The South Korean shipbuilder claimed that the ISSS is the first of its kind in the global shipbuilding industry, with the solution forecast to cut annual operating cost by 6%.
The solution standardises ways of navigation varying depending on levels of skills and experiences of navigators, collects and analyses real-time information on navigations, and thus will play a role in enhancing efficiency and safety of ships.
HHI pointed out that with IMO introducing the e-Navigation, a strategy to bring about increased safety of navigation in commercial shipping through better organization of data on ships by 2019, the demand for smart ships is expected to grow further.
HHI developed a smart ship technology system for the first time in 2011 and has applied the system to about 300 ships it delivered so far.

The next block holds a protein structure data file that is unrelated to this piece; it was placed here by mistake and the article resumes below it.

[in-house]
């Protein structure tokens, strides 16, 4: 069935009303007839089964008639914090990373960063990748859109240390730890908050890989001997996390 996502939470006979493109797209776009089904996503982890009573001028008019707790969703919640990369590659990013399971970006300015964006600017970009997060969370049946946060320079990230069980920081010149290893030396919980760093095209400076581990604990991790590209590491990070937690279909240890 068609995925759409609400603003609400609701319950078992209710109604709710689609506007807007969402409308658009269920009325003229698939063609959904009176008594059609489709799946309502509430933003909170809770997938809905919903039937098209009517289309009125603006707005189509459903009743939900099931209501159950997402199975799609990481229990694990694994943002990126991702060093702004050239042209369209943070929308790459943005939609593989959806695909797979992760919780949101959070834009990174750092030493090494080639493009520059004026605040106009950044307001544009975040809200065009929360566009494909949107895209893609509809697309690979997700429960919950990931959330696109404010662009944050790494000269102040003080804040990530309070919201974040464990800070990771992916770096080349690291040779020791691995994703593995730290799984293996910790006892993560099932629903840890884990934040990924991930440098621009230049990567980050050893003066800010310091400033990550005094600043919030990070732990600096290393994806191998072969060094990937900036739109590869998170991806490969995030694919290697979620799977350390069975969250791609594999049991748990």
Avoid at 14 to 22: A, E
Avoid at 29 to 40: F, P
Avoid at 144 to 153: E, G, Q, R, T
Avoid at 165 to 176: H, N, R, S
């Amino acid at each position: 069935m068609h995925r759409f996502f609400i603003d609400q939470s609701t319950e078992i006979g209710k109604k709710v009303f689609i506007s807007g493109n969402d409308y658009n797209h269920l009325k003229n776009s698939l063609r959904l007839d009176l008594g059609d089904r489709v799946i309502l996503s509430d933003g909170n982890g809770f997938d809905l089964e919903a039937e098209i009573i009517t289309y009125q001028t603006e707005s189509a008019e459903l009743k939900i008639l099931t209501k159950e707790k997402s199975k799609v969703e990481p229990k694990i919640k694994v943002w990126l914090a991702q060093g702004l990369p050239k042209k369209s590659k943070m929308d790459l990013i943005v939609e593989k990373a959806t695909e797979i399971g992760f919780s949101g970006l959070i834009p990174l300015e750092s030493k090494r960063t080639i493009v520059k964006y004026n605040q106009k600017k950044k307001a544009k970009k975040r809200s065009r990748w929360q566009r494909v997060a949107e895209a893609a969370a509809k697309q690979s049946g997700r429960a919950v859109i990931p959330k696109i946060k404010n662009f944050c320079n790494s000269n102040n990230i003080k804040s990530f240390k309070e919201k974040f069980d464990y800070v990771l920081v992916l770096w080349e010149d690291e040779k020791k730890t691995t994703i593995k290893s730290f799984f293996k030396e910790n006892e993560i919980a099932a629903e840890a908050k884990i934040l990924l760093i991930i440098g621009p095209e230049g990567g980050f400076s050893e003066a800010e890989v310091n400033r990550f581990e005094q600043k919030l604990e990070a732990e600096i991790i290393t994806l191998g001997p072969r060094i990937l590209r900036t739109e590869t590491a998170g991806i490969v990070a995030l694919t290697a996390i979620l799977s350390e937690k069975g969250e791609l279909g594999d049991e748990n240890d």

In May this year, the Korean yard signed a memorandum of understanding with Saudi Arabia shipowner Bahri on establishing a partnership in the smart ship sector.
Luis Benito, innovation, strategy and research director, marine and offshore at Lloyd’s Register (LR), commented: “HHI’s technology seeks to align with delivering the key benefits we believe the maritime industry will most benefit from through the adoption of connected, digital and autonomous technologies as the next generation of shipping embraces digitalization.
“According to Clarkson Research, about 6,500 ships are to be ordered globally for the next five years. Considering the global shipbuilding market share HHI takes up now, ISSS is to be installed on approximately 700 ships for the comparable time period,” Benito added.